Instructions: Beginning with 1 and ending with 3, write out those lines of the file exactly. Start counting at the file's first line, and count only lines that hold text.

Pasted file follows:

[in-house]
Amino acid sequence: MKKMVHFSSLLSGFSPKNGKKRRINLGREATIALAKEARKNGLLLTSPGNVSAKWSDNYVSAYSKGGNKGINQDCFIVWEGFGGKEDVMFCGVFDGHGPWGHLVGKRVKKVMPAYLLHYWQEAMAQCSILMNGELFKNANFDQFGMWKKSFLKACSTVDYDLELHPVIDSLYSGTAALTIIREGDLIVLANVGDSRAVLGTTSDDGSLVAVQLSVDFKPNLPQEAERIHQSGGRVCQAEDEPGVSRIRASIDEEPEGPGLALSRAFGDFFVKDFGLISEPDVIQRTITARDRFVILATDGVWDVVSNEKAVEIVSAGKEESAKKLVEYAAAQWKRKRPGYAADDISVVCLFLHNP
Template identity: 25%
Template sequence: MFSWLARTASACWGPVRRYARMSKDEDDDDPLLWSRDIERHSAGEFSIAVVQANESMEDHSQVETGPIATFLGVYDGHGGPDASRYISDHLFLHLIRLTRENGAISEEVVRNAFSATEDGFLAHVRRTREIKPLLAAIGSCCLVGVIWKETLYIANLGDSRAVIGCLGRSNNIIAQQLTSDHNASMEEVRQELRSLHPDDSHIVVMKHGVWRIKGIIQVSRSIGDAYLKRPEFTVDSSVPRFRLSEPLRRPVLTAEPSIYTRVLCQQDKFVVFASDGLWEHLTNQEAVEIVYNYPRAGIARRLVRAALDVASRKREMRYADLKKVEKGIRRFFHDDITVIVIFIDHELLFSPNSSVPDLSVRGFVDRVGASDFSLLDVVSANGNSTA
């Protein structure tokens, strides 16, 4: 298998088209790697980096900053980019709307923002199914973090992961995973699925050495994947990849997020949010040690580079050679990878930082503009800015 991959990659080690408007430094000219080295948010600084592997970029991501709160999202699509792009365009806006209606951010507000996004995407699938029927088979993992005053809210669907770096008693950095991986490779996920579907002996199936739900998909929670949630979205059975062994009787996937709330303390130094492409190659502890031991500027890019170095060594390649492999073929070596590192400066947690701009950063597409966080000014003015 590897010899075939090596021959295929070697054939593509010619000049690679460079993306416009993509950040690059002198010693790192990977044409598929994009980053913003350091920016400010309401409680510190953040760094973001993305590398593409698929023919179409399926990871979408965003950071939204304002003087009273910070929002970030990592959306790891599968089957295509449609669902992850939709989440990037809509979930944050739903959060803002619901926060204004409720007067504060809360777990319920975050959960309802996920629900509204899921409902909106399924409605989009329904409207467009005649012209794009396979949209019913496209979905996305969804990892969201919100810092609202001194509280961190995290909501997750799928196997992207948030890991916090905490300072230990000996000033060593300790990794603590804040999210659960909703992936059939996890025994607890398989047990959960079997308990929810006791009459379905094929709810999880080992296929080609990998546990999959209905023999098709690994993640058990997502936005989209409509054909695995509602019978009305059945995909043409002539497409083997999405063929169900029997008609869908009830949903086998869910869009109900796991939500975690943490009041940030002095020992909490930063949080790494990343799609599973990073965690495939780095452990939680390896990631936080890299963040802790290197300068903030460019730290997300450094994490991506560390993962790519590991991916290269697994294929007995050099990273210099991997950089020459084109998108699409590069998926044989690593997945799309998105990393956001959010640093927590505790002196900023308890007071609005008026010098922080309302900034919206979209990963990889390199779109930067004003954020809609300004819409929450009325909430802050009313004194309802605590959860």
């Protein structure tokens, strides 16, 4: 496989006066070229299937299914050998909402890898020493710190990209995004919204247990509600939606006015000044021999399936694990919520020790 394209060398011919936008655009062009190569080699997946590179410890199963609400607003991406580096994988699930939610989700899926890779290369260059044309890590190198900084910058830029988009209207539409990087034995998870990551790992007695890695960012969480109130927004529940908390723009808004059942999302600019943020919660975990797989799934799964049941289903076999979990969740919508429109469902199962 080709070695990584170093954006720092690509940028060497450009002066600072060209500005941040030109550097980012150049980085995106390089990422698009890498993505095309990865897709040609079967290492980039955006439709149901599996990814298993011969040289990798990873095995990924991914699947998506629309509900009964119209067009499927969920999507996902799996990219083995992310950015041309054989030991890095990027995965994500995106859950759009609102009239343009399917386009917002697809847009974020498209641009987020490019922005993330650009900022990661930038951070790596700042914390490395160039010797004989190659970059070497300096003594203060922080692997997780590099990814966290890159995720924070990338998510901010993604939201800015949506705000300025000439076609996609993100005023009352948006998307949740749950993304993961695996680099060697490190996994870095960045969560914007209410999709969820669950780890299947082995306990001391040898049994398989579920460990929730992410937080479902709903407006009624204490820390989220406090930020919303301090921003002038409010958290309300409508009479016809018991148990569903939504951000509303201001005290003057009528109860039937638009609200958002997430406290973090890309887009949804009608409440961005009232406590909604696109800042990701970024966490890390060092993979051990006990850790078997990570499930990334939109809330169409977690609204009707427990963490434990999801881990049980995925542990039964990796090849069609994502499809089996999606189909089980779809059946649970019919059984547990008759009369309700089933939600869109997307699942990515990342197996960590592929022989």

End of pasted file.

[in-house]
Amino acid sequence: MKKMVHFSSLLSGFSPKNGKKRRINLGREATIALAKEARKNGLLLTSPGNVSAKWSDNYVSAYSKGGNKGINQDCFIVWEGFGGKEDVMFCGVFDGHGPWGHLVGKRVKKVMPAYLLHYWQEAMAQCSILMNGELFKNANFDQFGMWKKSFLKACSTVDYDLELHPVIDSLYSGTAALTIIREGDLIVLANVGDSRAVLGTTSDDGSLVAVQLSVDFKPNLPQEAERIHQSGGRVCQAEDEPGVSRIRASIDEEPEGPGLALSRAFGDFFVKDFGLISEPDVIQRTITARDRFVILATDGVWDVVSNEKAVEIVSAGKEESAKKLVEYAAAQWKRKRPGYAADDISVVCLFLHNP
Template identity: 25%